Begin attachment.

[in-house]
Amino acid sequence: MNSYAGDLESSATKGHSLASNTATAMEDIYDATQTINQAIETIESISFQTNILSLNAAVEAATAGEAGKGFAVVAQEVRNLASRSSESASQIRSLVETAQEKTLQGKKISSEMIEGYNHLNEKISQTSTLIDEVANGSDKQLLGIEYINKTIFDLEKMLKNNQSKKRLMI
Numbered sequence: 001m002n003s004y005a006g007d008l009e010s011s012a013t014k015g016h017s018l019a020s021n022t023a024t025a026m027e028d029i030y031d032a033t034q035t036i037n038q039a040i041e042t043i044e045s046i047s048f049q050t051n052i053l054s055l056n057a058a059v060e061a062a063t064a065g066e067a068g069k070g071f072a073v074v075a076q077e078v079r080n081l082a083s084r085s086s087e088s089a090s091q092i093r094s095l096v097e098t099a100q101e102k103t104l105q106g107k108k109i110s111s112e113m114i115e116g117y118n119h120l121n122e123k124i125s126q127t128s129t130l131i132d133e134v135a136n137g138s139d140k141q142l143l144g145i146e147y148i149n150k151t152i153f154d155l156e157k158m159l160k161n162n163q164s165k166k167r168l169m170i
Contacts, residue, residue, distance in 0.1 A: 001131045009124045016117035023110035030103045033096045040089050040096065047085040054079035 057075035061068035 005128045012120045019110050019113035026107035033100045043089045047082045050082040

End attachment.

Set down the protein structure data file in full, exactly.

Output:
[in-house]
Amino acid sequence: MNSYAGDLESSATKGHSLASNTATAMEDIYDATQTINQAIETIESISFQTNILSLNAAVEAATAGEAGKGFAVVAQEVRNLASRSSESASQIRSLVETAQEKTLQGKKISSEMIEGYNHLNEKISQTSTLIDEVANGSDKQLLGIEYINKTIFDLEKMLKNNQSKKRLMI
Numbered sequence: 001m002n003s004y005a006g007d008l009e010s011s012a013t014k015g016h017s018l019a020s021n022t023a024t025a026m027e028d029i030y031d032a033t034q035t036i037n038q039a040i041e042t043i044e045s046i047s048f049q050t051n052i053l054s055l056n057a058a059v060e061a062a063t064a065g066e067a068g069k070g071f072a073v074v075a076q077e078v079r080n081l082a083s084r085s086s087e088s089a090s091q092i093r094s095l096v097e098t099a100q101e102k103t104l105q106g107k108k109i110s111s112e113m114i115e116g117y118n119h120l121n122e123k124i125s126q127t128s129t130l131i132d133e134v135a136n137g138s139d140k141q142l143l144g145i146e147y148i149n150k151t152i153f154d155l156e157k158m159l160k161n162n163q164s165k166k167r168l169m170i
Contacts, residue, residue, distance in 0.1 A: 001131045009124045016117035023110035030103045033096045040089050040096065047085040054079035 057075035061068035 005128045012120045019110050019113035026107035033100045043089045047082045050082040